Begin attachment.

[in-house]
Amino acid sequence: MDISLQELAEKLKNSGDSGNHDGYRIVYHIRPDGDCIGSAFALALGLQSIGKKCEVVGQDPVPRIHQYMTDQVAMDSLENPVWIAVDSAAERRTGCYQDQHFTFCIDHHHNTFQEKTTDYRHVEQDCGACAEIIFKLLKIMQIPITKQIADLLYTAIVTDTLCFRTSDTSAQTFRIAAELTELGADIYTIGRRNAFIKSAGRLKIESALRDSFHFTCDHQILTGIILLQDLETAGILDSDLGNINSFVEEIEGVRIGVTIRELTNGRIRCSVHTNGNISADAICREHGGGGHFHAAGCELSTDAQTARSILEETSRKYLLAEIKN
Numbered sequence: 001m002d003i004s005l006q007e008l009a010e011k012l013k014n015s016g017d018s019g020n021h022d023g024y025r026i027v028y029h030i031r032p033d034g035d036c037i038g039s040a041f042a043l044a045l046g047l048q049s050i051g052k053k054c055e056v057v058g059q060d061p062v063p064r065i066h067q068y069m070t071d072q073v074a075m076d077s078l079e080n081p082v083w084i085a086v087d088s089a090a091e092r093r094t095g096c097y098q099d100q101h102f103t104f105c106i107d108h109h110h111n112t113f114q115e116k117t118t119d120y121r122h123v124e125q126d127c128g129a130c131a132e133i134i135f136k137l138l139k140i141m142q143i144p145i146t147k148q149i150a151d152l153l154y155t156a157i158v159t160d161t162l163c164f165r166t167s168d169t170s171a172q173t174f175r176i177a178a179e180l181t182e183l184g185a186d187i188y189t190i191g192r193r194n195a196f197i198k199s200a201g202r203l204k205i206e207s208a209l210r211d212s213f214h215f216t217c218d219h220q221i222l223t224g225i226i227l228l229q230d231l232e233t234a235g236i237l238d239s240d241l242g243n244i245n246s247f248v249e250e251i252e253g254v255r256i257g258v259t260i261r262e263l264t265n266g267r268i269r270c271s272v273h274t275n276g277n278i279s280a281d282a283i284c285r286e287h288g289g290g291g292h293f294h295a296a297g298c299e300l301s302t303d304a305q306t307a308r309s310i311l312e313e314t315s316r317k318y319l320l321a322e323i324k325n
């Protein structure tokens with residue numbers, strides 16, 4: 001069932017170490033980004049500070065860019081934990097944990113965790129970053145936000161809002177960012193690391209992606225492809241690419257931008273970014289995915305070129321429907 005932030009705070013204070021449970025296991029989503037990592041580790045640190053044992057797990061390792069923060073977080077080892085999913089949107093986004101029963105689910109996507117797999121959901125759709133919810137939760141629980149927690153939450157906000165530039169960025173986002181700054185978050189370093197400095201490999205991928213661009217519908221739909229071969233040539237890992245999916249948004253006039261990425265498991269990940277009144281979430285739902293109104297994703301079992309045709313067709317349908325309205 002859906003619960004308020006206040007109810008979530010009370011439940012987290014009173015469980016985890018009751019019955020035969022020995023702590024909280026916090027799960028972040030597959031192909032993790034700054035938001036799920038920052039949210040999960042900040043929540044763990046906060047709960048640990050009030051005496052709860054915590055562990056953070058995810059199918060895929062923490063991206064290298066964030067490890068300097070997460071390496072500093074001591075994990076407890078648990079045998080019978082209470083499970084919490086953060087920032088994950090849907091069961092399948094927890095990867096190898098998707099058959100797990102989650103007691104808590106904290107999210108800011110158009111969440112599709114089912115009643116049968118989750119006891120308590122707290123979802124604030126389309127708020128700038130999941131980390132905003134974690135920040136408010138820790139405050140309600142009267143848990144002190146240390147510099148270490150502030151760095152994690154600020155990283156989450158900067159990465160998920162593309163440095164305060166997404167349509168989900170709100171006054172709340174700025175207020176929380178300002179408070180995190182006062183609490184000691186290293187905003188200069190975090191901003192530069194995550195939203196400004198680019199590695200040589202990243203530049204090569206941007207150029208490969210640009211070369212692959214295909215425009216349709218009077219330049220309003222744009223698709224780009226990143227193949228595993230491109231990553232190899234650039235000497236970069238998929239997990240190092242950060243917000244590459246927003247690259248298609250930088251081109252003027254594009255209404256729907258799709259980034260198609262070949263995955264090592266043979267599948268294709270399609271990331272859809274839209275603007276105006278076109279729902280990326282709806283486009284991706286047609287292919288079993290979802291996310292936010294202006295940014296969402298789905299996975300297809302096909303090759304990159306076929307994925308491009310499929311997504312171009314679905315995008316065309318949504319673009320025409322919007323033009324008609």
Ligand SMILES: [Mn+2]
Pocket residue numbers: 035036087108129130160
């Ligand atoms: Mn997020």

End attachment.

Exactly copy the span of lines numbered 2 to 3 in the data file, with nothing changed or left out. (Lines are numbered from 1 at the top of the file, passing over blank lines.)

Amino acid sequence: MDISLQELAEKLKNSGDSGNHDGYRIVYHIRPDGDCIGSAFALALGLQSIGKKCEVVGQDPVPRIHQYMTDQVAMDSLENPVWIAVDSAAERRTGCYQDQHFTFCIDHHHNTFQEKTTDYRHVEQDCGACAEIIFKLLKIMQIPITKQIADLLYTAIVTDTLCFRTSDTSAQTFRIAAELTELGADIYTIGRRNAFIKSAGRLKIESALRDSFHFTCDHQILTGIILLQDLETAGILDSDLGNINSFVEEIEGVRIGVTIRELTNGRIRCSVHTNGNISADAICREHGGGGHFHAAGCELSTDAQTARSILEETSRKYLLAEIKN
Numbered sequence: 001m002d003i004s005l006q007e008l009a010e011k012l013k014n015s016g017d018s019g020n021h022d023g024y025r026i027v028y029h030i031r032p033d034g035d036c037i038g039s040a041f042a043l044a045l046g047l048q049s050i051g052k053k054c055e056v057v058g059q060d061p062v063p064r065i066h067q068y069m070t071d072q073v074a075m076d077s078l079e080n081p082v083w084i085a086v087d088s089a090a091e092r093r094t095g096c097y098q099d100q101h102f103t104f105c106i107d108h109h110h111n112t113f114q115e116k117t118t119d120y121r122h123v124e125q126d127c128g129a130c131a132e133i134i135f136k137l138l139k140i141m142q143i144p145i146t147k148q149i150a151d152l153l154y155t156a157i158v159t160d161t162l163c164f165r166t167s168d169t170s171a172q173t174f175r176i177a178a179e180l181t182e183l184g185a186d187i188y189t190i191g192r193r194n195a196f197i198k199s200a201g202r203l204k205i206e207s208a209l210r211d212s213f214h215f216t217c218d219h220q221i222l223t224g225i226i227l228l229q230d231l232e233t234a235g236i237l238d239s240d241l242g243n244i245n246s247f248v249e250e251i252e253g254v255r256i257g258v259t260i261r262e263l264t265n266g267r268i269r270c271s272v273h274t275n276g277n278i279s280a281d282a283i284c285r286e287h288g289g290g291g292h293f294h295a296a297g298c299e300l301s302t303d304a305q306t307a308r309s310i311l312e313e314t315s316r317k318y319l320l321a322e323i324k325n